will airbnb disrupt the hotel business or just play on the sidelines?

It’s the question that’s increasingly on hoteliers’ minds: are sites like Airbnb a competitive threat or simply niche players that will continue to play on the sidelines? From the recent headlines about Airbnb moving into Cuba to reports about business travelers increasingly turning to alternative accommodations, it certainly seems that it’s a question we should all be examining.

A new report from Boston University (view report) indicates the industry should be taking Airbnb seriously. The research, which bills itself as the first real study of the effects of the sharing economy on the travel industry, concludes that Airbnb is indeed “significantly changing consumption patterns … and has quantifiable negative impact on the local hotel room revenue.”

More specifically, the researchers estimate that Airbnb’s entrance into the Austin, Texas, market has caused a 13 percent decrease in hotel revenue and an 8 percent decline in room rates.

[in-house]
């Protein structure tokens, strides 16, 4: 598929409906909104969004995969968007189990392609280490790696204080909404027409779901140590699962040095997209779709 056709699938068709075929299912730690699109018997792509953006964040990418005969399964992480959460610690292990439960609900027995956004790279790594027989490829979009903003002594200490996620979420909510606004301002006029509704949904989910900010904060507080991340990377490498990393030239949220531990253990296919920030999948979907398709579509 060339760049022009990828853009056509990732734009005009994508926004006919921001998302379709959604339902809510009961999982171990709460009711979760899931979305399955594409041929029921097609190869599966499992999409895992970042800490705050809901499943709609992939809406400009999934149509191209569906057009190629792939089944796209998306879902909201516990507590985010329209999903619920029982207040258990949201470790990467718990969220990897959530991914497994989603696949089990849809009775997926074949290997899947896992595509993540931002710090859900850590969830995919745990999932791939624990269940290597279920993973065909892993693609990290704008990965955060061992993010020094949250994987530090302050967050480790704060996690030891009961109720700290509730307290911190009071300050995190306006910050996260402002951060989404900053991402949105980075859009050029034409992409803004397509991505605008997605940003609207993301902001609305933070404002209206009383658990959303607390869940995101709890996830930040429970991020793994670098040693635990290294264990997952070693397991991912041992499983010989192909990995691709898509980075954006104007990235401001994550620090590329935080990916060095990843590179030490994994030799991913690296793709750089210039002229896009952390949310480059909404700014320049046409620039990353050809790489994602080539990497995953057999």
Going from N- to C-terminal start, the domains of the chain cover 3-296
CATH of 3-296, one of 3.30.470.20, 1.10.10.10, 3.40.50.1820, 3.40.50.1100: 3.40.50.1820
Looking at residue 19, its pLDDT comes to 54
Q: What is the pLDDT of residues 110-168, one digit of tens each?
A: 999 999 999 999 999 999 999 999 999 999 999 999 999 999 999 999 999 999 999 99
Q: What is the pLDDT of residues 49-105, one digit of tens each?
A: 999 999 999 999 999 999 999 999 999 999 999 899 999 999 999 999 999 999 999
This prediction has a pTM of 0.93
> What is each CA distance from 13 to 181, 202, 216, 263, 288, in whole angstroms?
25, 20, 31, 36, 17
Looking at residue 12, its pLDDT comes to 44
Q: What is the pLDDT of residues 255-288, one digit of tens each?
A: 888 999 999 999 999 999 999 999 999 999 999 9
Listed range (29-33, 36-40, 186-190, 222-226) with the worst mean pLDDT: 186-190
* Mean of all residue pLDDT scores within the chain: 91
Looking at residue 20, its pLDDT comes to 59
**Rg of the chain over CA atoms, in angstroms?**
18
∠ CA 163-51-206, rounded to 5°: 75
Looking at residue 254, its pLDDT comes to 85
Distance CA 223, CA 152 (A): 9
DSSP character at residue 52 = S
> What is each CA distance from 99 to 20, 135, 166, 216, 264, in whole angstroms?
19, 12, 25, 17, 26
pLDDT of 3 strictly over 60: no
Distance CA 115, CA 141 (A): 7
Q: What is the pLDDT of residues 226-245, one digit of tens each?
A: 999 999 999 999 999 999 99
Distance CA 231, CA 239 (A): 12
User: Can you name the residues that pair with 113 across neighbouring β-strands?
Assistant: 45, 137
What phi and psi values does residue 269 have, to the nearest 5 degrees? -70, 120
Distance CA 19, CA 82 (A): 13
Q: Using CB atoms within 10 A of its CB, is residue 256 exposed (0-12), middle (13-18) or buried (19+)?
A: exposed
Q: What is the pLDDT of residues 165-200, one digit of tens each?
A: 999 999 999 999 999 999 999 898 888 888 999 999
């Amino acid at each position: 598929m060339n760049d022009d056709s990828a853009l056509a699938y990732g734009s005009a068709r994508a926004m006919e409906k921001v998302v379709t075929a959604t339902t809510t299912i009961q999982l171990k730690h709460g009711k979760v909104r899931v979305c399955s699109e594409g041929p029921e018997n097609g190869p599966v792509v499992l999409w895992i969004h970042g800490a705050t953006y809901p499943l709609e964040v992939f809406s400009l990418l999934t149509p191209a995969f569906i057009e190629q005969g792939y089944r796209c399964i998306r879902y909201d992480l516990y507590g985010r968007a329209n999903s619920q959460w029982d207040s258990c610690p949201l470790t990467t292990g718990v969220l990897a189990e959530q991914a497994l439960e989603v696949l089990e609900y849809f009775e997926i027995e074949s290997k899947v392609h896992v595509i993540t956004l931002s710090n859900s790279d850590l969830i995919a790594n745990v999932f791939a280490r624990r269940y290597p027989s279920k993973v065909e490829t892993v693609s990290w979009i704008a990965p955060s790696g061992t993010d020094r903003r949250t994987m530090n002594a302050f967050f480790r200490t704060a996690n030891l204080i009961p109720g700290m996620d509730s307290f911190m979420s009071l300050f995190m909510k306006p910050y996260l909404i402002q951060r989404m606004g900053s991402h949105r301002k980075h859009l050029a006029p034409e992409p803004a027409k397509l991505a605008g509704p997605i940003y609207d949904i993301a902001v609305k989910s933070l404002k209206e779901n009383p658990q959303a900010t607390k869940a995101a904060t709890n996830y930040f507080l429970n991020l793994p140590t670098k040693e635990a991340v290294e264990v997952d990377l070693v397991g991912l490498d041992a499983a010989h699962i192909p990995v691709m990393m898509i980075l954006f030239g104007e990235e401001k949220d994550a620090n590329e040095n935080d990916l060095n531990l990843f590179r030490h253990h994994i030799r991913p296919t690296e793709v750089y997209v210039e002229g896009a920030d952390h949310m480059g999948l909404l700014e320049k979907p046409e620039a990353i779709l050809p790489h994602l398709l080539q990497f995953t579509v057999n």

The researchers used data collected from Airbnb from 2008 to 2014 and monthly hotel room revenue data from some 4,000 hotels in Texas dating back to 2003.

The analysis found that each 10 percent increase in Airbnb’s supply in Texas resulted in a .035 percent decrease in hotel room revenue, with Austin feeling the biggest pinch as one of Airbnb’s largest markets.

While the researchers said they found a definite impact on revenue, they found no “statistically significant connection between increased Airbnb listings and occupancy.”

“This suggests that affected hotels actively responded to Airbnb entry by lowering their prices,” the report said.

Not surprisingly, the lower priced hotels and those not catering to business travelers were most affected.

The good news: the study found no impact – yet – on occupancy.

The researchers noted this is the first real study of its kind, and much more analysis has to be done to really gauge the impact of the sharing economy on travel.

But as Airbnb has now reached a scale of tens of millions of room nights, the Boston University report says, it “certainly has the potential to meaningfully and measurably impact revenue at the most vulnerable of hotels.”